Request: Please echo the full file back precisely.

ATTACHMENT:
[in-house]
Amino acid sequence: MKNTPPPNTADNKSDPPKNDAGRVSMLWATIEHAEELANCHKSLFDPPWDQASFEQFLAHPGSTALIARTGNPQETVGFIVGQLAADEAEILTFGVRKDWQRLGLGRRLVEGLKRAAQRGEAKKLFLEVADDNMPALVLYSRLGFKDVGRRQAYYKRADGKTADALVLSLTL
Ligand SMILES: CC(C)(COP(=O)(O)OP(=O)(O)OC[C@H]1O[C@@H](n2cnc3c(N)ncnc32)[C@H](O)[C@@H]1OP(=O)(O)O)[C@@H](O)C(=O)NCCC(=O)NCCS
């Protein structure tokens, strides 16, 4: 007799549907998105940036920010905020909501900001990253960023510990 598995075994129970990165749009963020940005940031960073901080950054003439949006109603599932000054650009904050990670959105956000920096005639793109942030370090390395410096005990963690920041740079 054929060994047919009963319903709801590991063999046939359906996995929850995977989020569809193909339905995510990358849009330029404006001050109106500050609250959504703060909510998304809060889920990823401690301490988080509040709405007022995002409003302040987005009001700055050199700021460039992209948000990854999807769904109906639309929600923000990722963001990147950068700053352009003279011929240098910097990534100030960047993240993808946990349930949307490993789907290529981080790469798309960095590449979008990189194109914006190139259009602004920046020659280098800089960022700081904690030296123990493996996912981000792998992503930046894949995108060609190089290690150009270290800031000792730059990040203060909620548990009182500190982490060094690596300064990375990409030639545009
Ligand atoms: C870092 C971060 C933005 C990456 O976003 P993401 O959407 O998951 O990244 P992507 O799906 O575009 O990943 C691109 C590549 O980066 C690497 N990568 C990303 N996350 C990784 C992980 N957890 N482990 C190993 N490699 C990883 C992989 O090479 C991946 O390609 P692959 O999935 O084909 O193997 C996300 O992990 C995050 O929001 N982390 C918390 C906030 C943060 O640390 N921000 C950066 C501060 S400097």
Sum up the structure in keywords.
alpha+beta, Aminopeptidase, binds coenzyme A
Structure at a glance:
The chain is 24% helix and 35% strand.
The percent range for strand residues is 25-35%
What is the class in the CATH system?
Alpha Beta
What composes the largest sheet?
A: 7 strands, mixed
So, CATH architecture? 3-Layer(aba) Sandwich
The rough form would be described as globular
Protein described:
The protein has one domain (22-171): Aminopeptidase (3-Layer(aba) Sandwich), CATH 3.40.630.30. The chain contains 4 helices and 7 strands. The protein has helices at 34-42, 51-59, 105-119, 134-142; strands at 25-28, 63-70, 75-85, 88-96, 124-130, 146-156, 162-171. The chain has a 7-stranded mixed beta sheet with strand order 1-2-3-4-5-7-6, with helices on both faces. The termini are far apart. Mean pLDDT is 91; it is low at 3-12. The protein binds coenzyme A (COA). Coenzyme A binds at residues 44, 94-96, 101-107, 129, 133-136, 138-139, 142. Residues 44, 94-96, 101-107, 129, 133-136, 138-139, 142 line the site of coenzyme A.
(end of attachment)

[in-house]
Amino acid sequence: MKNTPPPNTADNKSDPPKNDAGRVSMLWATIEHAEELANCHKSLFDPPWDQASFEQFLAHPGSTALIARTGNPQETVGFIVGQLAADEAEILTFGVRKDWQRLGLGRRLVEGLKRAAQRGEAKKLFLEVADDNMPALVLYSRLGFKDVGRRQAYYKRADGKTADALVLSLTL
Ligand SMILES: CC(C)(COP(=O)(O)OP(=O)(O)OC[C@H]1O[C@@H](n2cnc3c(N)ncnc32)[C@H](O)[C@@H]1OP(=O)(O)O)[C@@H](O)C(=O)NCCC(=O)NCCS
């Protein structure tokens, strides 16, 4: 007799549907998105940036920010905020909501900001990253960023510990 598995075994129970990165749009963020940005940031960073901080950054003439949006109603599932000054650009904050990670959105956000920096005639793109942030370090390395410096005990963690920041740079 054929060994047919009963319903709801590991063999046939359906996995929850995977989020569809193909339905995510990358849009330029404006001050109106500050609250959504703060909510998304809060889920990823401690301490988080509040709405007022995002409003302040987005009001700055050199700021460039992209948000990854999807769904109906639309929600923000990722963001990147950068700053352009003279011929240098910097990534100030960047993240993808946990349930949307490993789907290529981080790469798309960095590449979008990189194109914006190139259009602004920046020659280098800089960022700081904690030296123990493996996912981000792998992503930046894949995108060609190089290690150009270290800031000792730059990040203060909620548990009182500190982490060094690596300064990375990409030639545009
Ligand atoms: C870092 C971060 C933005 C990456 O976003 P993401 O959407 O998951 O990244 P992507 O799906 O575009 O990943 C691109 C590549 O980066 C690497 N990568 C990303 N996350 C990784 C992980 N957890 N482990 C190993 N490699 C990883 C992989 O090479 C991946 O390609 P692959 O999935 O084909 O193997 C996300 O992990 C995050 O929001 N982390 C918390 C906030 C943060 O640390 N921000 C950066 C501060 S400097």
Sum up the structure in keywords.
alpha+beta, Aminopeptidase, binds coenzyme A
Structure at a glance:
The chain is 24% helix and 35% strand.
The percent range for strand residues is 25-35%
What is the class in the CATH system?
Alpha Beta
What composes the largest sheet?
A: 7 strands, mixed
So, CATH architecture? 3-Layer(aba) Sandwich
The rough form would be described as globular
Protein described:
The protein has one domain (22-171): Aminopeptidase (3-Layer(aba) Sandwich), CATH 3.40.630.30. The chain contains 4 helices and 7 strands. The protein has helices at 34-42, 51-59, 105-119, 134-142; strands at 25-28, 63-70, 75-85, 88-96, 124-130, 146-156, 162-171. The chain has a 7-stranded mixed beta sheet with strand order 1-2-3-4-5-7-6, with helices on both faces. The termini are far apart. Mean pLDDT is 91; it is low at 3-12. The protein binds coenzyme A (COA). Coenzyme A binds at residues 44, 94-96, 101-107, 129, 133-136, 138-139, 142. Residues 44, 94-96, 101-107, 129, 133-136, 138-139, 142 line the site of coenzyme A.